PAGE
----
GROENFONTEIN VALLEY, South Africa -- Peter Bayly's first attempt at producing wine was an utter failure. He and his wife Yvonne had first planted their vineyard in 2000, expecting to harvest it three years later. After returning to the vineyard from their home in Cape Town, they found their fields ravaged and their hopes of a 2003 vintage dashed. Hundreds of baboons had descended through the mountain passes surrounding Bayly's plot, picking the vines clean.
"Not even a single grape was left," Bayly said.
To make a real go at winemaking, the former hotelier realized he had to move to his farm and make do with what he had there. Bayly's vineyard sits about five miles from the nearest electrical grid, a burden the would-be vintner eventually turned into a blessing.
Bayly installed eight 70W solar panels that still supply his farm with almost all the power it needs. The vineyard is one of many small farms that rely on solar power in the valleys outside of the winemaking town of Calitzdorp. "In our area, everyone uses solar," he said.
"There are no outages," Bailey said of his solar-powered vineyard. He added that blackouts in the nearby town can last for days, and have sometimes coincided with the crucial time around harvesting.
The panels power the farm's house, the vineyard's pumps and an addition meant to keep the baboons at bay: a large electric fence.
Wedged between the mountains of the Western Cape, South Africa's wine region is subject to the whimsy of trends in the global wine market. Most South African wine is produced for export, and since bans and sanctions were lifted with the coming of democracy, consumers from around the world have warmed to the country's wines.
Calitzdorp is known for producing a fortified wine nicknamed "port" or "porto" traditionally produced in the Douro valley in Portugal. Port is made by adding additional brandy to the wine during the normal fermentation process, halting it. This usually leaves port sweeter than other wines and with a higher alcohol content. These fortified varieties are often considered "dessert" wines and enjoyed after meals.
Port requires less refrigeration, and therefore less energy, than other wines and is ideal for vineyards like Bayly's where power is at a premium. Port is also more more forgiving to make during its production process. "Because of the alcoholic content of port, you'd have to do something really idiotic to screw it up," Bayly said.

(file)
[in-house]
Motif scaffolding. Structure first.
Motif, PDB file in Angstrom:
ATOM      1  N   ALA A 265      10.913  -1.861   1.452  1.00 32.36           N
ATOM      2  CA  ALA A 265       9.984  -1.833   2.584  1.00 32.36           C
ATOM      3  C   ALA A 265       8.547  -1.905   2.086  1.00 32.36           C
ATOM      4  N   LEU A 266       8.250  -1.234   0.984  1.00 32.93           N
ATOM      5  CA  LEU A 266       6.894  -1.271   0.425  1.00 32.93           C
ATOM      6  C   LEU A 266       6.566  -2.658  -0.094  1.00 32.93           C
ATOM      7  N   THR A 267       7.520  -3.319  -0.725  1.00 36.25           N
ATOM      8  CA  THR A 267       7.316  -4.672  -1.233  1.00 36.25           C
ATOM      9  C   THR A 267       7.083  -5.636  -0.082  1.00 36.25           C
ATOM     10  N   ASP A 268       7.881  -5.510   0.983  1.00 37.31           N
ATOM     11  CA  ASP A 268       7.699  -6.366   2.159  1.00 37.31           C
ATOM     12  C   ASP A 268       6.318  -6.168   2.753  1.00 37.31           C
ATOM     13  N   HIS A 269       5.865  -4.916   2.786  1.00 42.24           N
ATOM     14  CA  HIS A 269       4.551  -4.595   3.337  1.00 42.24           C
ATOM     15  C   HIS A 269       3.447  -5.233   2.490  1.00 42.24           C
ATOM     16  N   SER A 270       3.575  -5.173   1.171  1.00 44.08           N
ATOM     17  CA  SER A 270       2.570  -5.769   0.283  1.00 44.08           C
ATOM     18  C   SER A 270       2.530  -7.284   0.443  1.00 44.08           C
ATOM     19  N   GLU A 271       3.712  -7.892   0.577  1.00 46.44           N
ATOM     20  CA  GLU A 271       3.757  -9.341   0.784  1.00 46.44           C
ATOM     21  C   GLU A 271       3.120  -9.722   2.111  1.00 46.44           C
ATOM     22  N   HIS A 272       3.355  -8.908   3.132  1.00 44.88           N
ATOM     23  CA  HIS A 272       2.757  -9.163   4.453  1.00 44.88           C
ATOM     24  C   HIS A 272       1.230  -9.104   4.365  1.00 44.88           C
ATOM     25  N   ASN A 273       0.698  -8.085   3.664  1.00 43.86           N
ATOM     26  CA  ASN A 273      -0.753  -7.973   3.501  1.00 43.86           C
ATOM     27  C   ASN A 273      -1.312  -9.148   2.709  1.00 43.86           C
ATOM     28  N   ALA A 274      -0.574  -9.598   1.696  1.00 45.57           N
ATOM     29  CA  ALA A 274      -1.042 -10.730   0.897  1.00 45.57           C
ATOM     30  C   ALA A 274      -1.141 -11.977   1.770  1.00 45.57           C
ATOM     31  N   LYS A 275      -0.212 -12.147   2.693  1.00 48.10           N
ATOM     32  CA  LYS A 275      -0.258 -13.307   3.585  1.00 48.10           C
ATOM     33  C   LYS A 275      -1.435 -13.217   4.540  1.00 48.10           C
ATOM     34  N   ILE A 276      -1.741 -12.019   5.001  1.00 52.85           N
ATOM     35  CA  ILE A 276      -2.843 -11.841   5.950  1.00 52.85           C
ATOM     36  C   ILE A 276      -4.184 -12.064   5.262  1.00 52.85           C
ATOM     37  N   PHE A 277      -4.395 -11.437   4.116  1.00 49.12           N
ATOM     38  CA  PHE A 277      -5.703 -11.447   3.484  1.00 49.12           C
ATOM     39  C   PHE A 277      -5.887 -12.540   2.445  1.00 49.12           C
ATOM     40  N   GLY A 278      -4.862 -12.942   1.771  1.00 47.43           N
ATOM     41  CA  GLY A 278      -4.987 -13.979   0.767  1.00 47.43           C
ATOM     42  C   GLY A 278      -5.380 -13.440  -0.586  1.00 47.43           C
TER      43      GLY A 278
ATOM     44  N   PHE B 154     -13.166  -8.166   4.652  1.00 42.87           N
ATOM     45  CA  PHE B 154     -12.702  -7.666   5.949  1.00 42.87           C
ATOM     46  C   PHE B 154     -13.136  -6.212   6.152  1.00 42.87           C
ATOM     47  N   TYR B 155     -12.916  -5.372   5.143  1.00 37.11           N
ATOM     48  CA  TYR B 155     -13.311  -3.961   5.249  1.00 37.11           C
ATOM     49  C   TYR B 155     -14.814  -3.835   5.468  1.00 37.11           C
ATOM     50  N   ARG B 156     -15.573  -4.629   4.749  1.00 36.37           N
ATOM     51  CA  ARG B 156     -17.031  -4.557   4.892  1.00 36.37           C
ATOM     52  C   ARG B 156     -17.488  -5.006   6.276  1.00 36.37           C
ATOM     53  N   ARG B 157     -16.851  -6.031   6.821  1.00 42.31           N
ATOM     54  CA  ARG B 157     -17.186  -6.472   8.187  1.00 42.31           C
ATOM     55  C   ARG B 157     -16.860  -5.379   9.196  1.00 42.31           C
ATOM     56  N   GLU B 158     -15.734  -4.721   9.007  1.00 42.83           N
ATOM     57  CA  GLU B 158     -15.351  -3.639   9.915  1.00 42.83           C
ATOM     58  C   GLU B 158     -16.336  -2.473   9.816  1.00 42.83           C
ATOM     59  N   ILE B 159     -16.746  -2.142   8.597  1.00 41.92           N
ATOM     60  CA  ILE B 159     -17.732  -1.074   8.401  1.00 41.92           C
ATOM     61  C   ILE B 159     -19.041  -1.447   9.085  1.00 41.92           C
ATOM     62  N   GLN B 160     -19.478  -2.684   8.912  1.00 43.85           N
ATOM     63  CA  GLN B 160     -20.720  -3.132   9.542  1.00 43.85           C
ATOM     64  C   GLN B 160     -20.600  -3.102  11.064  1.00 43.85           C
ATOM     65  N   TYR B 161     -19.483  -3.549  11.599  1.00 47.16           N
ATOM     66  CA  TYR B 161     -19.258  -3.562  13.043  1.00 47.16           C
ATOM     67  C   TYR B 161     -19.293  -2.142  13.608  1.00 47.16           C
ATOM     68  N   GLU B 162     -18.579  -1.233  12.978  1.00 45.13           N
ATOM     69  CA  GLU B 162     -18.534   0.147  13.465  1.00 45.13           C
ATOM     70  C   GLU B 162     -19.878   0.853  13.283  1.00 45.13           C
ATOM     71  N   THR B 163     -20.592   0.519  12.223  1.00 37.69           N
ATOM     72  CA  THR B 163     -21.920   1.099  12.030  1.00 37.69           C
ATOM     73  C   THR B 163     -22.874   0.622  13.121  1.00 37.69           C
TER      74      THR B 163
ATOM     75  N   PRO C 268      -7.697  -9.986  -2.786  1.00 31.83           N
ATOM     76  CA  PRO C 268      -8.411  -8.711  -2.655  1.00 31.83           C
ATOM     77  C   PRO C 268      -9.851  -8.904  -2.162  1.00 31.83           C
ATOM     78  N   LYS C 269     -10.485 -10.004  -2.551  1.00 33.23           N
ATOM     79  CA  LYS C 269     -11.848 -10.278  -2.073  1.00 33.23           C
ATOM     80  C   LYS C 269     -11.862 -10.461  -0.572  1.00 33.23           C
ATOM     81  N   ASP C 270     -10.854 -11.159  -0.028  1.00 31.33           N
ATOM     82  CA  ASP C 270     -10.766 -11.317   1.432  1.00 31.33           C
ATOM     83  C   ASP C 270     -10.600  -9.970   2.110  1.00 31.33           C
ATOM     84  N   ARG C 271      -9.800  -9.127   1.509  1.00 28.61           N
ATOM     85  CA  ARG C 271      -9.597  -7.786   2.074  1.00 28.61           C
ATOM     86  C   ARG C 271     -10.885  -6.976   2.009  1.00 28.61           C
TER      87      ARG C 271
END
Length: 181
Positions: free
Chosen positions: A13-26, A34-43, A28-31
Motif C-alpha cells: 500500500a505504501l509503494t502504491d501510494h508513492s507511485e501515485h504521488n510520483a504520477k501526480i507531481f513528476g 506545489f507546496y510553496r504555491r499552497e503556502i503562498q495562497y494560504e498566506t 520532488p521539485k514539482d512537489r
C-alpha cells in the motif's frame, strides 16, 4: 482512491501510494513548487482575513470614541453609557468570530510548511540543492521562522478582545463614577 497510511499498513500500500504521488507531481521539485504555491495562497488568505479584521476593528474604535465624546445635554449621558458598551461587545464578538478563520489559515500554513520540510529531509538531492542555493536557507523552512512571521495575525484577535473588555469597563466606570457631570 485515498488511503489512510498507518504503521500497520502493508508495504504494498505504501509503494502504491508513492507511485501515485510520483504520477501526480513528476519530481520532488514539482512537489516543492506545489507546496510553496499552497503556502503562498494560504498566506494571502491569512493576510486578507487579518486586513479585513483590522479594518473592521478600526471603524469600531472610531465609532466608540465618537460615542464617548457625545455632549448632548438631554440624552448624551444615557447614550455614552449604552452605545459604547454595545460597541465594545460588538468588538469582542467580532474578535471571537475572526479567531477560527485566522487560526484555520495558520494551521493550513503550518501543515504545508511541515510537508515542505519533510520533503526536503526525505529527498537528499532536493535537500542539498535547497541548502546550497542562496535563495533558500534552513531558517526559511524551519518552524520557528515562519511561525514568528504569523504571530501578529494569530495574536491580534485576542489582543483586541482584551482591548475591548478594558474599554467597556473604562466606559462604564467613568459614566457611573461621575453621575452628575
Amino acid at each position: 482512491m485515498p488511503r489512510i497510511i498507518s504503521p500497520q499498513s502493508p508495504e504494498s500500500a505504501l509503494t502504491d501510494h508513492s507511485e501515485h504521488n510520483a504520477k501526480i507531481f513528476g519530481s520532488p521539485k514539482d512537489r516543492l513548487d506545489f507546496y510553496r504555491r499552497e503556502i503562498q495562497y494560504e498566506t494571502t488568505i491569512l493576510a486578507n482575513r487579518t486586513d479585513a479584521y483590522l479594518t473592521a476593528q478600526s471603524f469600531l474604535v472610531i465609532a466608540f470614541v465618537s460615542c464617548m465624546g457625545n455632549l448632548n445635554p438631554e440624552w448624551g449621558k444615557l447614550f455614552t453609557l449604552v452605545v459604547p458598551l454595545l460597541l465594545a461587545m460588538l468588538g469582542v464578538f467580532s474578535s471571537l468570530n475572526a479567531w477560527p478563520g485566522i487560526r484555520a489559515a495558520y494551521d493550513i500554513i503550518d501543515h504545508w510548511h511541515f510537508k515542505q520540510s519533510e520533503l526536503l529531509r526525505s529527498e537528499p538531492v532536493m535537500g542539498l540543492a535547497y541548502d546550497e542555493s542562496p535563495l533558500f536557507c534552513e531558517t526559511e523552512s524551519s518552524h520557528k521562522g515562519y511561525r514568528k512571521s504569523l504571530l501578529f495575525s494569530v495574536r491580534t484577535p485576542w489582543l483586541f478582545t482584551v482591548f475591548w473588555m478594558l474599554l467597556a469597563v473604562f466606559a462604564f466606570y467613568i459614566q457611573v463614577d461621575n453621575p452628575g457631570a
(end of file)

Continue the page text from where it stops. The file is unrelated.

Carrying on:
Ports, once all the rage in cigar bars and fine restaurants throughout the world, has fallen on hard times. The effects have rippled to Bayly's plot outside of Calitzdorp. Bayly says he'd like to sell more than the 7,000 liters he moves annually, and he's hoping that the world's appetite for port will grow in the future.
"We haven't given up by any means," said Bayly, adding that he planned to make even more investments in solar power in the coming years.
Calitzdorp is located in South Africa's Klein Karoo, a semi-arid region about 240 miles outside of Cape Town. The town is one of dozens of wine-producing settlements that stretch inland from the coast, each with its own specialty and unique history.
South African has a long history of winemaking, with the first recorded production dating back to 1659, only five years after the establishment of a Dutch colony on the Cape of Good Hope. That year, on February 5, the colony's founder, Jan Van Riebeck, wrote "Today, praise be to God, wine was pressed for the first time from Cape grapes." The Cape is still the heart of South African wines, and the nearby Stellenbosch University even has a four-year program for the study of wine and grapes.
For more than 350 years the Cape has produced some of the most sought-after wines in the world, including the port that comes out of Calitzdorp.
While European wine purists will argue that the only true port comes out of Portugal, Calitzdorp's vintners like Bayly are fierily proud of what they produce, saying that the two regions are nearly identical--baboon raids and lack of electric grids not withstanding.